Wednesday 25 April 2018

Tommy Bowe captured sitting in a wheelbarrow, donning a cape and grasping a watermelon in quirky portraits

Tommy Bowe's wears an army helmet in Stephen Johnston's portrait
Tommy Bowe's wears an army helmet in Stephen Johnston's portrait
Tommy Bowe sits in a wheelbarrow in a painting by Stephen Johnston
Tommy Bowe dons a cape and grasps a watermelon in this painting by Stephen Johnston
Tommy Bowe(L) poses with artist Stephen Johnston

Tommy Bowe is not looking forward to the training ground banter and ribbing when three portraits of the Ulster, Ireland and Lions star go on display in Belfast this evening.

Bowe, who is rapidly returning from injury at the moment, features in three portraits from rising artist Stephen Johnston in rather strange poses that will be luanched in the Merchant Hotel this evening.

“His concept of portraying me as a soldier going into battle is intriguing but I think I might take a bit of stick from my teammates for relaxing in a wheelbarrow, and especially for carrying a large melon instead of a rugby ball,” Bowe told the Irish times.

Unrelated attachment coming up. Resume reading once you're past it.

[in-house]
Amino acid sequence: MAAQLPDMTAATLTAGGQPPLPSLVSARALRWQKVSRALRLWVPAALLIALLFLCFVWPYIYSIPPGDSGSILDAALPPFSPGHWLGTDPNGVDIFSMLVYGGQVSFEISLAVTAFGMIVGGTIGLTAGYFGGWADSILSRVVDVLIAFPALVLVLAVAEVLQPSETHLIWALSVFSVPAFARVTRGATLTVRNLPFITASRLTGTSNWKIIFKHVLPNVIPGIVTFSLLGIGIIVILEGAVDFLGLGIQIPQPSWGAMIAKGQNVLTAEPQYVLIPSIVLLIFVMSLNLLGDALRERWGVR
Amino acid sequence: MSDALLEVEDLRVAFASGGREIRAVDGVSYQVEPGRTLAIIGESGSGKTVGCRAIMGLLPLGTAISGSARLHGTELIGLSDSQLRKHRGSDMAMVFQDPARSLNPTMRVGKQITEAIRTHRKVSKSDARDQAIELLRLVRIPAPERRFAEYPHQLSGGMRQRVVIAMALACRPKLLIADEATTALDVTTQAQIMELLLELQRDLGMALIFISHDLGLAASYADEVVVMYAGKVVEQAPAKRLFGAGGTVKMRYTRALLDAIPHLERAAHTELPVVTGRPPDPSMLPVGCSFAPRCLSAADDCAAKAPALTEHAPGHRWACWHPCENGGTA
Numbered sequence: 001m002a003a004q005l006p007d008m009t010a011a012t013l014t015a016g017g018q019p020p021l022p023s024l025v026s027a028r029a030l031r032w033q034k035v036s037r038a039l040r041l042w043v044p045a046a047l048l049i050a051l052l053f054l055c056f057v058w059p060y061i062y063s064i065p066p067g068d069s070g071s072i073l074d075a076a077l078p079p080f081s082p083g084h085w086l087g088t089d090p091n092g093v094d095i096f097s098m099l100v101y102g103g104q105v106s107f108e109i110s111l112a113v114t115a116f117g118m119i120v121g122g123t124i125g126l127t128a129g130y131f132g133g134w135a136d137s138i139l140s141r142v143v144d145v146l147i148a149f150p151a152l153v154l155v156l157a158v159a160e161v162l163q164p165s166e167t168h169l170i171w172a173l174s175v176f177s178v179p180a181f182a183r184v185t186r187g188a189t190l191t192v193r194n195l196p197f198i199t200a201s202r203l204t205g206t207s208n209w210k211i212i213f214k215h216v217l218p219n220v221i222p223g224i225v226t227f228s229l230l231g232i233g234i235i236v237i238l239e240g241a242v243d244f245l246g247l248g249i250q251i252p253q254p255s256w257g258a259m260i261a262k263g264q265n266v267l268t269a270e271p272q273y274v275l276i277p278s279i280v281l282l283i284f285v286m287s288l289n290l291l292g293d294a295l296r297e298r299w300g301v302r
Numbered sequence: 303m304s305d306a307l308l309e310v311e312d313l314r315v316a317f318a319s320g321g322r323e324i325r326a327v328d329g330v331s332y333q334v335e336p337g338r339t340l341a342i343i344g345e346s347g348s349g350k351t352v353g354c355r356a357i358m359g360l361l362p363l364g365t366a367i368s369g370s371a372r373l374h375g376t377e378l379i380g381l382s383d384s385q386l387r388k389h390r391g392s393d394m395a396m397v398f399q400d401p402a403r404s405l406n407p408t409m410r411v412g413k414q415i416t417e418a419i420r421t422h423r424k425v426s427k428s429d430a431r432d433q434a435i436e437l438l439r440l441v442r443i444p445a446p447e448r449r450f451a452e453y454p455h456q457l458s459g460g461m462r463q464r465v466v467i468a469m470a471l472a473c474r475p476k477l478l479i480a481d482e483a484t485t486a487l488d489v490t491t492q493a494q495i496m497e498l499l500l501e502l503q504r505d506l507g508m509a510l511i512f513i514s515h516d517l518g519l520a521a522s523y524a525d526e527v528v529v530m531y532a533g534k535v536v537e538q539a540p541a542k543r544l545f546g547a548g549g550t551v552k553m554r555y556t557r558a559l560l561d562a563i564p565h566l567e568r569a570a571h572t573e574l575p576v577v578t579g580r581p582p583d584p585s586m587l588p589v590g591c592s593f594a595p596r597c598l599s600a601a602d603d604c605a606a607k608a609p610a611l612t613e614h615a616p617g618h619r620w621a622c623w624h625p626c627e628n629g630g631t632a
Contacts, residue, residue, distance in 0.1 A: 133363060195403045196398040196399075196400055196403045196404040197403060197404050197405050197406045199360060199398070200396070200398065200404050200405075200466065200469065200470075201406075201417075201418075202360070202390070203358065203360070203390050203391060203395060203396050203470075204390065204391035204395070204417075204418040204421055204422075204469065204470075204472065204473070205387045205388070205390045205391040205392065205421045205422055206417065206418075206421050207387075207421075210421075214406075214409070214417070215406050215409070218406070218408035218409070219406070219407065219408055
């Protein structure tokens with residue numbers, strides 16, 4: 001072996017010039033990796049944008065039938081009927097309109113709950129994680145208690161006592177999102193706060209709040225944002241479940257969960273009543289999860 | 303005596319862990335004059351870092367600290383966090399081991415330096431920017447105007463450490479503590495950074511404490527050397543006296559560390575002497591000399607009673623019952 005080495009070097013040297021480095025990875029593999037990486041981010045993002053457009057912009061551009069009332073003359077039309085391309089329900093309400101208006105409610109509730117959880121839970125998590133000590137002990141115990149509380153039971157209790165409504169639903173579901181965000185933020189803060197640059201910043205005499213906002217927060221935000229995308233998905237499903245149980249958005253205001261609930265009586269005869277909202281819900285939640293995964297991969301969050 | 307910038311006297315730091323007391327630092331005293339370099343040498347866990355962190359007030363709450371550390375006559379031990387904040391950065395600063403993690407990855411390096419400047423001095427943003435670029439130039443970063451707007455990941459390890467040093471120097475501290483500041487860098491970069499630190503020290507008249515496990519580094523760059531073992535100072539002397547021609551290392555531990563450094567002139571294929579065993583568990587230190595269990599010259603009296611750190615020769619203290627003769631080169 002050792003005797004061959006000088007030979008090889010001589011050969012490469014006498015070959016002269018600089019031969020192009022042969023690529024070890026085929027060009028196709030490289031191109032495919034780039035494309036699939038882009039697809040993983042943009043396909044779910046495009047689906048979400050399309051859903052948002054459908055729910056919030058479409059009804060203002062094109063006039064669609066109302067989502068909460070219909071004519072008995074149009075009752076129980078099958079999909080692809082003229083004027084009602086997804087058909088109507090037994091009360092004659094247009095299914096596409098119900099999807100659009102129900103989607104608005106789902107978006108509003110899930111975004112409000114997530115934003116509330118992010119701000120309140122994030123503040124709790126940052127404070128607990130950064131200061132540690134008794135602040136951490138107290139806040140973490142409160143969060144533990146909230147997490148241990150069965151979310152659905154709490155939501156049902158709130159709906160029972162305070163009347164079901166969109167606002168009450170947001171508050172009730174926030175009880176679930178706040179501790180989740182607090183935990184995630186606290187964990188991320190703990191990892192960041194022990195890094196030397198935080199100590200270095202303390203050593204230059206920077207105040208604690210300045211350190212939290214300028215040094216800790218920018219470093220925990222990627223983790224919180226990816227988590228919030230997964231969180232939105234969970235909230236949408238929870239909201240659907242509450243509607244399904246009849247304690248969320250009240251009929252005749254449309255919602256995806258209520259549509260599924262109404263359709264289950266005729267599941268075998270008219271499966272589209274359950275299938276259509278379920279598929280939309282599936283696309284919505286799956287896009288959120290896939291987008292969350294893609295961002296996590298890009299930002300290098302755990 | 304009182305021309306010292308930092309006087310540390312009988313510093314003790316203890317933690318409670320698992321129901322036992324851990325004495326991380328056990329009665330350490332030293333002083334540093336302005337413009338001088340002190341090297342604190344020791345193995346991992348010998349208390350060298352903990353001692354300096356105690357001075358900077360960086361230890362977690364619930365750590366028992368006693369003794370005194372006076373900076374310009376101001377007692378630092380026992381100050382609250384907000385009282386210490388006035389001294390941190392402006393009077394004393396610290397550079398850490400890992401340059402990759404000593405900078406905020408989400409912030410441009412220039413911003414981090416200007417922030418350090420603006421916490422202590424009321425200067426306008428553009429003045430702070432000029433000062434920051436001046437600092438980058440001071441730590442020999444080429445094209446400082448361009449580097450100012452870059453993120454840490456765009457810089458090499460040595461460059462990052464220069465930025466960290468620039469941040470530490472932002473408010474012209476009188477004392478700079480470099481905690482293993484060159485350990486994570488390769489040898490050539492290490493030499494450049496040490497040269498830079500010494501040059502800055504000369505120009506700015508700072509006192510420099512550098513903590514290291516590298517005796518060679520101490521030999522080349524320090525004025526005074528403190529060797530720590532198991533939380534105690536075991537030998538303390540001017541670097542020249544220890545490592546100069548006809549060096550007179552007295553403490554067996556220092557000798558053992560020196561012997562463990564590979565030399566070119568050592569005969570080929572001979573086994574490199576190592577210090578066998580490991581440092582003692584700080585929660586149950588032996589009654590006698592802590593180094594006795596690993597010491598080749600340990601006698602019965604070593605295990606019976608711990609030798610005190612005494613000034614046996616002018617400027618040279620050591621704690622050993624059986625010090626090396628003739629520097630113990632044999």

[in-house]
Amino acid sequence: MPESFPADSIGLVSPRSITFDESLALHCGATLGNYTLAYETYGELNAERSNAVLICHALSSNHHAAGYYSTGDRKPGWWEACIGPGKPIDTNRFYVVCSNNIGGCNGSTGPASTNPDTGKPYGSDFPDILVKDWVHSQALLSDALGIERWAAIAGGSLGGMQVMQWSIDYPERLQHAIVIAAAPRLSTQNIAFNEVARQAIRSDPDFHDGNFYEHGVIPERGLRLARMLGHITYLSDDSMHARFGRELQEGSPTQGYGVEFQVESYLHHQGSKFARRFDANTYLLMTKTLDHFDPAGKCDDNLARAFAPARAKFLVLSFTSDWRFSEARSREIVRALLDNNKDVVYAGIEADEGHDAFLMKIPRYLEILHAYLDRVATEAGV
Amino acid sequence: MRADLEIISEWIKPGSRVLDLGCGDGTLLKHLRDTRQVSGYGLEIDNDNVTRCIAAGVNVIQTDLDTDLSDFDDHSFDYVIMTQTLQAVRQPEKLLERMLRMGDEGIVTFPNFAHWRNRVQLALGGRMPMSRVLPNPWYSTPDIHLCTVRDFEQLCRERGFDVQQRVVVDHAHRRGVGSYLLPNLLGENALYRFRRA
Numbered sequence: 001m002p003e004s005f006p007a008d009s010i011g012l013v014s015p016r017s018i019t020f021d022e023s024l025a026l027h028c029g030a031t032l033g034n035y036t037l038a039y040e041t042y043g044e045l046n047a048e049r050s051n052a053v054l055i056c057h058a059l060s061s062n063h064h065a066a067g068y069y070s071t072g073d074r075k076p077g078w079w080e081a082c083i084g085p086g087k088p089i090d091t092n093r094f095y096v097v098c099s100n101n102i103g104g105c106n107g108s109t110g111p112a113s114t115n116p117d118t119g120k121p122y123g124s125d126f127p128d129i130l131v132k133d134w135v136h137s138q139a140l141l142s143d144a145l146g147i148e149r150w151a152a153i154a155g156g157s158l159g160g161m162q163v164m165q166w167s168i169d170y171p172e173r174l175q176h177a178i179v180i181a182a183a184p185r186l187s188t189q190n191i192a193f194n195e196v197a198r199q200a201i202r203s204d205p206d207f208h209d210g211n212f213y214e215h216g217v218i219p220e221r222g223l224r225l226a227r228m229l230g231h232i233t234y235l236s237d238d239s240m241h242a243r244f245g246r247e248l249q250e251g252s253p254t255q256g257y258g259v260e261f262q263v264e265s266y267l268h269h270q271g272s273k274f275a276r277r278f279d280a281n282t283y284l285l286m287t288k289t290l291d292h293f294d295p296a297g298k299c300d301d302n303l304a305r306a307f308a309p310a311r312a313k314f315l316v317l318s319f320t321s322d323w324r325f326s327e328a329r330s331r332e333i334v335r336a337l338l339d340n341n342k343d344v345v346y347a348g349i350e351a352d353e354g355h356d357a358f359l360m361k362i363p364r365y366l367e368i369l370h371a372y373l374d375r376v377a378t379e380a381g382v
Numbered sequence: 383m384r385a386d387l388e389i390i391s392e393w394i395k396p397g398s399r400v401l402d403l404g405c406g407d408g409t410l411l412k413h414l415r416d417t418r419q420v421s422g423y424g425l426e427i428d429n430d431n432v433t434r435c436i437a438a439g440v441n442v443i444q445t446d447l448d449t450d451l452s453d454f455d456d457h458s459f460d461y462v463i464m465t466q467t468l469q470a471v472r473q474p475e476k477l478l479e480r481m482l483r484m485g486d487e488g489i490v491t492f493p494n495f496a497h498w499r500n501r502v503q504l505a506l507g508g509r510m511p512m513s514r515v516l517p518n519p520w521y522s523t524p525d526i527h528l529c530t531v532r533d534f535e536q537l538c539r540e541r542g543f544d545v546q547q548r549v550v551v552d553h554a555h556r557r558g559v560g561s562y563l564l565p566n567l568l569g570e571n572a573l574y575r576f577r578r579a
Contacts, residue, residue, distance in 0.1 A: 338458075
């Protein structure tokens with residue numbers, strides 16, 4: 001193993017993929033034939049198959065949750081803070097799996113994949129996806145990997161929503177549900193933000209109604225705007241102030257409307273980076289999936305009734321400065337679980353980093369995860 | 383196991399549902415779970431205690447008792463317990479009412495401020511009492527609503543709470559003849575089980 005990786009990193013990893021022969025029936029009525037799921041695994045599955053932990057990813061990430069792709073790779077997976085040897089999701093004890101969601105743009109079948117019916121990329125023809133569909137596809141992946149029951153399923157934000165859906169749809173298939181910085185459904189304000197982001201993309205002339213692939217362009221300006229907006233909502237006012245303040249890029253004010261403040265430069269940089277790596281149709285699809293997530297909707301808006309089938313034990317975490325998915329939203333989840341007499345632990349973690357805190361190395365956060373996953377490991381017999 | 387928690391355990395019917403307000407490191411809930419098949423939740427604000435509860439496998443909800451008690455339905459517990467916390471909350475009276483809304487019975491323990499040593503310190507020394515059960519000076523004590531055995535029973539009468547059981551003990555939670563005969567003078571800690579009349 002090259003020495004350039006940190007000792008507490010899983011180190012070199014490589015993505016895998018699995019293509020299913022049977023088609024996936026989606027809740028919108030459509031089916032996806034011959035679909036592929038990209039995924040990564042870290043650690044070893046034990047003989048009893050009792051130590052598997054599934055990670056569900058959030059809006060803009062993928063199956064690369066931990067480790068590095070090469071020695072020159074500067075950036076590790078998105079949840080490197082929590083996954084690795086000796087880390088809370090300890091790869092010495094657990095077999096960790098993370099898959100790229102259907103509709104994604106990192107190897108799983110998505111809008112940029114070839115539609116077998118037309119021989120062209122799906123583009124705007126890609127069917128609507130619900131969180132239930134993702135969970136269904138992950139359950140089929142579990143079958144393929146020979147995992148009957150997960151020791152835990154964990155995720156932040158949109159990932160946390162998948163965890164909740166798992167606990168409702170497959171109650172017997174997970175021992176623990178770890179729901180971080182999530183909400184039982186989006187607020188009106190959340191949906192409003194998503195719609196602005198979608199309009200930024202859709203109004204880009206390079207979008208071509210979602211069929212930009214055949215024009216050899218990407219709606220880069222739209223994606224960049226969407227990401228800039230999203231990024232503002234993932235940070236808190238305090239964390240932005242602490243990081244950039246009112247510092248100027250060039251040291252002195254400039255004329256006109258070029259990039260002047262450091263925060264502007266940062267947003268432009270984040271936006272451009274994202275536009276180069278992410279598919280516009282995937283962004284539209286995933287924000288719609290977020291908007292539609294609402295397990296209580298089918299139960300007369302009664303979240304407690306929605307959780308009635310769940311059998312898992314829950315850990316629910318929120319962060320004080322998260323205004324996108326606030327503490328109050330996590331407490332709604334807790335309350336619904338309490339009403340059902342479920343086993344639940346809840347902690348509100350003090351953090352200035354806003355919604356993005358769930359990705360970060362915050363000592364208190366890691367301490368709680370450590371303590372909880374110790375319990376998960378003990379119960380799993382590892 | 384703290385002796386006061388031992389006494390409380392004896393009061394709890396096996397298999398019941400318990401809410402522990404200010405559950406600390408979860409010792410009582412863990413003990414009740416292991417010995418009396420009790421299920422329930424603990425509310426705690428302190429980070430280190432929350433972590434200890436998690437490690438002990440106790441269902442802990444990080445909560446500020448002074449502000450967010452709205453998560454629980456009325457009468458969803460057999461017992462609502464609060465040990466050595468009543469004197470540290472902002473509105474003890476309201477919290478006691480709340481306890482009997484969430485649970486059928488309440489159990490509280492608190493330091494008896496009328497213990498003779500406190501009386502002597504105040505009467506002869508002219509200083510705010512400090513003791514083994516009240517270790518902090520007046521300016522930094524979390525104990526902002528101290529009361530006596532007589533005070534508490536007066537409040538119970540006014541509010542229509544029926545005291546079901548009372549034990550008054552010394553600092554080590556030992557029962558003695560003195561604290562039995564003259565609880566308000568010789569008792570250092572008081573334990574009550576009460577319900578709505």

“I was frankly a bit apprehensive about having my portrait done. But I have to confess to be being not only relieved but actually quite pleased with the outcome."

Stephen Johnston, a 26-year-old artist from Lisburn, said that it was an honour to paint the sport star.

“It was a real honour to have Tommy sit for me. He is a powerful and imposing player, as well as a very engaging personality with a strong presence," he said.

"I’m fascinated by the athleticism and vulnerability of world-class sportsmen such as Tommy, and the huge demands on the top players of a magnificent but often brutal contact sport. I hope I’ve captured some aspects of this amazing international athlete.

“Hopefully too, the viewers and his many fans will be challenged and stimulated by the somewhat unconventional elements of these portraits.

“My work has been particularly inspired by the classic and modern surrealists, and from observation of everyday life and objects, such as films, nature, books and stories. I aim to engage the viewer with drama, intrigue and humour”

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